You probably know you need an emergency fund. It’s one of those things that just make common sense. You know that one of these days your car will need a major repair, you’ll get sick or you could lose your job. You could lose your house or apartment because your landlord increased your rent by 20% and you must move within the next 30 days. If you don’t have emergency savings, you’ll have just one option – to use a credit card. According to an article published on CNBC.com, Bankrate conducted a survey that revealed what consumers would do if they face an emergency situation. 28% said that they would borrow from family or friends and would even use their credit card. That would mean adding on debt and if you’re basically living from paycheck to paycheck that could soon become a problem.
If you haven’t been building an emergency fund it’s probably because you think of it as a big deal that would require a lot of scrimping and saving. But this doesn’t have to be the case. In fact, you can build an emergency fund and it can be practically painless.
#1. Calculate how much you will need
The first step is to sit down and determine how much you will need. Most experts suggest that your emergency fund should be the equivalent of 6 to 9 months of your living expenses. In an article published on MoneyUnder30.com, it is revealed that only 23% of Americans have emergency savings that will last to 6 months. This would include your fixed expenses such as rent or mortgage payment, your auto loan (if applicable), your insurance, transportation costs and utilities. If you have student loans don’t forget to include them.
Next, write down your discretionary expenses such as clothing, entertainment, eating out, food and your personal items. These numbers don’t have to be exact, just a rough estimate will do at this point. Add all of this up and you’ll have a good idea of your monthly expenses. Now, multiply this by six. Don’t get discouraged if this number seems overwhelming. You could start by multiplying your monthly living expenses by three, which may be a more manageable number, and then build on this going forward.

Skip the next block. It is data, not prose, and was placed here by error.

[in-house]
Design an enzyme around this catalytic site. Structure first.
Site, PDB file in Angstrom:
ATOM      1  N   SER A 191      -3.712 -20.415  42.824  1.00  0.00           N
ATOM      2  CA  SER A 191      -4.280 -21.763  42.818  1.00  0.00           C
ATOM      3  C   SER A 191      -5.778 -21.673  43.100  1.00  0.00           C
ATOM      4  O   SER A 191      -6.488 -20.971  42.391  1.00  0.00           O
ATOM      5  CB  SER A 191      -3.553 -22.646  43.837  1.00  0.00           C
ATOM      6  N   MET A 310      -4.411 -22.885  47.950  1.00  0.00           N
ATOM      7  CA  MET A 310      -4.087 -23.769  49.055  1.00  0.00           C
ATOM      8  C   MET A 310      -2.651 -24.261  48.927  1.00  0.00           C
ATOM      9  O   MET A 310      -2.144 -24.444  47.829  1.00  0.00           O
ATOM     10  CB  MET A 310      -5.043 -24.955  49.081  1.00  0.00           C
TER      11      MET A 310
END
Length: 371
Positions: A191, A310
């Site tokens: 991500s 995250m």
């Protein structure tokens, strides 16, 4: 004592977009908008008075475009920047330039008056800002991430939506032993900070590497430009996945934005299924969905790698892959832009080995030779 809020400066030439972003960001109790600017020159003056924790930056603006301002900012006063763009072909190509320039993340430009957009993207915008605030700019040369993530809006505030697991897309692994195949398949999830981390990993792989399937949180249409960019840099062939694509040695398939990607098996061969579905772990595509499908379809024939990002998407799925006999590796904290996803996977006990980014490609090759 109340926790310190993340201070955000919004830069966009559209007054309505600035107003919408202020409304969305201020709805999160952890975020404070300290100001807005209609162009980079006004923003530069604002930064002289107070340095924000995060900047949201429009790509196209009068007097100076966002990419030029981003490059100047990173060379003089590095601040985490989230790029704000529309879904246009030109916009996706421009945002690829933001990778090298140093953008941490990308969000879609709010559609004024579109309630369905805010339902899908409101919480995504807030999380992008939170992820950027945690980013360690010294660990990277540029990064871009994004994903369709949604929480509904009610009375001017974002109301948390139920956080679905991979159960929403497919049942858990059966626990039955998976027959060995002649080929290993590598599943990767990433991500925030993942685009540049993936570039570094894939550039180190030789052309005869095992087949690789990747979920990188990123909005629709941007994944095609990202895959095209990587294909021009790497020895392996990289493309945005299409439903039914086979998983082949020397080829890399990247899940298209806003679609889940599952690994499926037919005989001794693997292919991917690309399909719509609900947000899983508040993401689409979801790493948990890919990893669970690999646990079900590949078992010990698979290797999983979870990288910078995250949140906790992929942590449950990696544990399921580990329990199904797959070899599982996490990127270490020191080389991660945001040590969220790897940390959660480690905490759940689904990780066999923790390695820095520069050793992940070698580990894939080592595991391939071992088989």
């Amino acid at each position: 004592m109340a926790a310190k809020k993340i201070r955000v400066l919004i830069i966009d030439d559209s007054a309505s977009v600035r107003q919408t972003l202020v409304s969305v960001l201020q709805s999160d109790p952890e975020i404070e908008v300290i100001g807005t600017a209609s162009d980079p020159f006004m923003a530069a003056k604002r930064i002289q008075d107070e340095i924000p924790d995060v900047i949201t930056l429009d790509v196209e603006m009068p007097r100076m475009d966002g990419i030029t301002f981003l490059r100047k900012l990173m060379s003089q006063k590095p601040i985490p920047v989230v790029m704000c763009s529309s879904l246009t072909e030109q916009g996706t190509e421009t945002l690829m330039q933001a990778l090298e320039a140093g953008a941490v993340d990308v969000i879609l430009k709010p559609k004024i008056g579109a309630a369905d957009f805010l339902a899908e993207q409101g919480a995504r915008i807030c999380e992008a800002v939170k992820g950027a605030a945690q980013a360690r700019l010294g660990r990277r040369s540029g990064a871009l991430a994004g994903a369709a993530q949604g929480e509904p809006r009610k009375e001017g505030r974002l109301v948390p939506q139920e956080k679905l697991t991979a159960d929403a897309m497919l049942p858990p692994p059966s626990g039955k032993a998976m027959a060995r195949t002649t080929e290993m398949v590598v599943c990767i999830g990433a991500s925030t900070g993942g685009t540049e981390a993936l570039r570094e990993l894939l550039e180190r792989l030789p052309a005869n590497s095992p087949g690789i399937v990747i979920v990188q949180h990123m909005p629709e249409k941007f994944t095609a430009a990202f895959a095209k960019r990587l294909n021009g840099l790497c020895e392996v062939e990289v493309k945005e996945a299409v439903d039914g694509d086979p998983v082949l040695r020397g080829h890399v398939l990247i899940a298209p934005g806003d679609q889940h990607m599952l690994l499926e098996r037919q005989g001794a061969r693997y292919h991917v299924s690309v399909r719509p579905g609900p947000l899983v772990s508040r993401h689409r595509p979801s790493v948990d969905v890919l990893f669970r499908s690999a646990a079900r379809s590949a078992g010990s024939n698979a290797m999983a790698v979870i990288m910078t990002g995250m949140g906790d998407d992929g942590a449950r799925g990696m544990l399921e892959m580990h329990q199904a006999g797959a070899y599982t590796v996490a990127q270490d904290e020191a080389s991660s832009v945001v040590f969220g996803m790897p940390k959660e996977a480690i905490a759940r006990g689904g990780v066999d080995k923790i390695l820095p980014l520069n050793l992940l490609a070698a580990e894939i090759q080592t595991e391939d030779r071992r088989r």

#2. Determine where you will keep your fund
It’s important to keep your emergency fund separate from your normal checking account. If you co-mingle the two you could easily end up spending part of that fund without even realizing it. Credit unions are good places for an emergency fund because they usually allow you to start an account with a smaller deposit than will a bank. Another good place to stash your emergency fund is in online savings account. Three of the most popular of the online banks are Synchrony Bank, Ally Bank, and Barclays Dream Account. You might consider keeping your fund in separate places such as cash in a lock box in your home, savings bonds, a credit union, and an online savings account. That would make it even more difficult for you to tap into your fund, which would be a good thing. According to an article published on Dave Ramsey, the financial guru suggests that it can be kept in a checking account or money market account.
#3. Treat your saving as if it were just another bill
Once you’ve calculated how much you can save each month, establish a savings goal add that amount to your budget as if it were just another bill. You may find that you’ll have to shave some other category such as clothing or entertainment to accommodate this but it will be well worth it in the long term.